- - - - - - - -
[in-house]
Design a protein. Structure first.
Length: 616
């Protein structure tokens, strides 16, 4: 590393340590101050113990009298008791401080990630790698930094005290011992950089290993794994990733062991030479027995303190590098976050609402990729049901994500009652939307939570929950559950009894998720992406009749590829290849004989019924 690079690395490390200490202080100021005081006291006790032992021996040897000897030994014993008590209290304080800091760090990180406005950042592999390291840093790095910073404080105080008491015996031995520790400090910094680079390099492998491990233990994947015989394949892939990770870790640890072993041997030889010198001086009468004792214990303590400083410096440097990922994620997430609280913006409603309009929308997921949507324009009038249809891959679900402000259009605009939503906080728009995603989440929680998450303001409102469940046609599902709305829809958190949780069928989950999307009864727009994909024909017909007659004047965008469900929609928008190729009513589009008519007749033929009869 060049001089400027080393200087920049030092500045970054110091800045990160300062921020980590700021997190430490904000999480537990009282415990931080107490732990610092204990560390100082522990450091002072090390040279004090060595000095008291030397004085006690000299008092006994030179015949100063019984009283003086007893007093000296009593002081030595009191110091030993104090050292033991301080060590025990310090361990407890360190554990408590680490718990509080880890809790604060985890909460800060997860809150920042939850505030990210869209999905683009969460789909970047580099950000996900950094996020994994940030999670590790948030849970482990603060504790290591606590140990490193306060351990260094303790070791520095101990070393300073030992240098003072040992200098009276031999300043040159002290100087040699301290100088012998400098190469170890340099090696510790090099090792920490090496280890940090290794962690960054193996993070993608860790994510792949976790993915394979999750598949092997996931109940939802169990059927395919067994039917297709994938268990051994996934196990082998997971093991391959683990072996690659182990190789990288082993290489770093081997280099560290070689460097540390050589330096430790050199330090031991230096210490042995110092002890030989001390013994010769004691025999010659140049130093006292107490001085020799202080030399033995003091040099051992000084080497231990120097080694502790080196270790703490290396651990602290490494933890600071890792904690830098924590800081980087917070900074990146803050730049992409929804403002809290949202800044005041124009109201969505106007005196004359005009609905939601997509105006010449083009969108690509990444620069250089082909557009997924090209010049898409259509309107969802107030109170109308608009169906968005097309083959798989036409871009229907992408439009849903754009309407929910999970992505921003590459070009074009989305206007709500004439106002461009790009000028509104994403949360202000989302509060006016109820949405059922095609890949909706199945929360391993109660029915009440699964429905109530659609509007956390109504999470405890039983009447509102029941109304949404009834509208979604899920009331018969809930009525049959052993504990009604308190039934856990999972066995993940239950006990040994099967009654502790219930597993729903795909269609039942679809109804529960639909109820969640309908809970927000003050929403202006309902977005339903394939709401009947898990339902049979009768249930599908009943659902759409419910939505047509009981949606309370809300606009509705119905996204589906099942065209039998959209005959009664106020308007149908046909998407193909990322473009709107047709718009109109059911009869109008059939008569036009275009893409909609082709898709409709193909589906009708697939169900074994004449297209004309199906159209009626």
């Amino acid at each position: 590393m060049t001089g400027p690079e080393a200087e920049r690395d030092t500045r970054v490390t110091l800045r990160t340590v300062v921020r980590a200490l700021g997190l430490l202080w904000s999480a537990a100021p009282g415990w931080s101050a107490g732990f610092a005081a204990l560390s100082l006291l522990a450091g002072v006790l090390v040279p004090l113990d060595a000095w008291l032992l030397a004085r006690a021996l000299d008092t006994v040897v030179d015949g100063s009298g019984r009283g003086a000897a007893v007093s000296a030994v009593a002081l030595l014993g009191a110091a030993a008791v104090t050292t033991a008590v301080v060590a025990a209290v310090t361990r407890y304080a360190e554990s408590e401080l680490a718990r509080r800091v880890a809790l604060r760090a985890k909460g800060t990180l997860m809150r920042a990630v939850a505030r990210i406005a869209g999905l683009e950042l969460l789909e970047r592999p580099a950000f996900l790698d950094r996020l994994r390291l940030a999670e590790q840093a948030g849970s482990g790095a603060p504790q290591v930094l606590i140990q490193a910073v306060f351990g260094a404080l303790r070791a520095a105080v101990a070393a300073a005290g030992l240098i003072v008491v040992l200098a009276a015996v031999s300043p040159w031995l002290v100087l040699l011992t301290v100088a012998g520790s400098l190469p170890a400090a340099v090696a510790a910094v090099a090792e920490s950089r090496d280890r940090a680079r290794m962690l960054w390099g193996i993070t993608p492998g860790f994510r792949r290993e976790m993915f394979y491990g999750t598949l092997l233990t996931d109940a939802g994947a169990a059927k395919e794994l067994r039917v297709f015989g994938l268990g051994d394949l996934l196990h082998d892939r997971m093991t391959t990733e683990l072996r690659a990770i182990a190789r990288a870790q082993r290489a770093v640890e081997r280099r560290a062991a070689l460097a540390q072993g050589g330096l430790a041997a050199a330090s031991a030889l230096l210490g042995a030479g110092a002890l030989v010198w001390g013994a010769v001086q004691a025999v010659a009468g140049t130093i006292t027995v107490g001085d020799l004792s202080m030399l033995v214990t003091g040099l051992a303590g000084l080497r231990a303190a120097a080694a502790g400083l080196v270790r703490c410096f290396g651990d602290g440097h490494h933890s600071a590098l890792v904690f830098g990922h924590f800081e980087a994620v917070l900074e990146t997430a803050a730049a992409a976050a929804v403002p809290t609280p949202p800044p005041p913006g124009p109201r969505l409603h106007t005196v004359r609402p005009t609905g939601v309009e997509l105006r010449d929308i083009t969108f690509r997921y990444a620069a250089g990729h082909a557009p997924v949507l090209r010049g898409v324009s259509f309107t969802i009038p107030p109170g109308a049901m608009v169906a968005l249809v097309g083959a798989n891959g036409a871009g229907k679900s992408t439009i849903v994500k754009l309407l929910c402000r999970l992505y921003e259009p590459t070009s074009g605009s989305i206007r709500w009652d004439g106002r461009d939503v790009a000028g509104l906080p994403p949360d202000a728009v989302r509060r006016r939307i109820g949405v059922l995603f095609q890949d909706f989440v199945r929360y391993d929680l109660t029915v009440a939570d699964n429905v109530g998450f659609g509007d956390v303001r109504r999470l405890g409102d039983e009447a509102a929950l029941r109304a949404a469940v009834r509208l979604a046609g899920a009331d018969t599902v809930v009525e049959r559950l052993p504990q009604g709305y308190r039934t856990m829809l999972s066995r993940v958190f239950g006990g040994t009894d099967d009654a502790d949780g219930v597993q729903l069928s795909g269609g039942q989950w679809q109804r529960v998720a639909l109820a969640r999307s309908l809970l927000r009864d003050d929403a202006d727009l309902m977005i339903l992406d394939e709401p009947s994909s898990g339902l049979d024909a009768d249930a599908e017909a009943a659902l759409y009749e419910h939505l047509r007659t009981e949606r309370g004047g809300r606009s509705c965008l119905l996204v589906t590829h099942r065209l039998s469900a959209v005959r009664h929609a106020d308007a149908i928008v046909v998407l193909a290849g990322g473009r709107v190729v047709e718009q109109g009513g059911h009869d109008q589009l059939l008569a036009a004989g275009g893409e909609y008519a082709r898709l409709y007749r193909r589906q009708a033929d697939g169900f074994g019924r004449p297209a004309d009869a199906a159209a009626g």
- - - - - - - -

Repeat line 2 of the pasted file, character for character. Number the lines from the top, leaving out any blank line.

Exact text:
Design a protein. Structure first.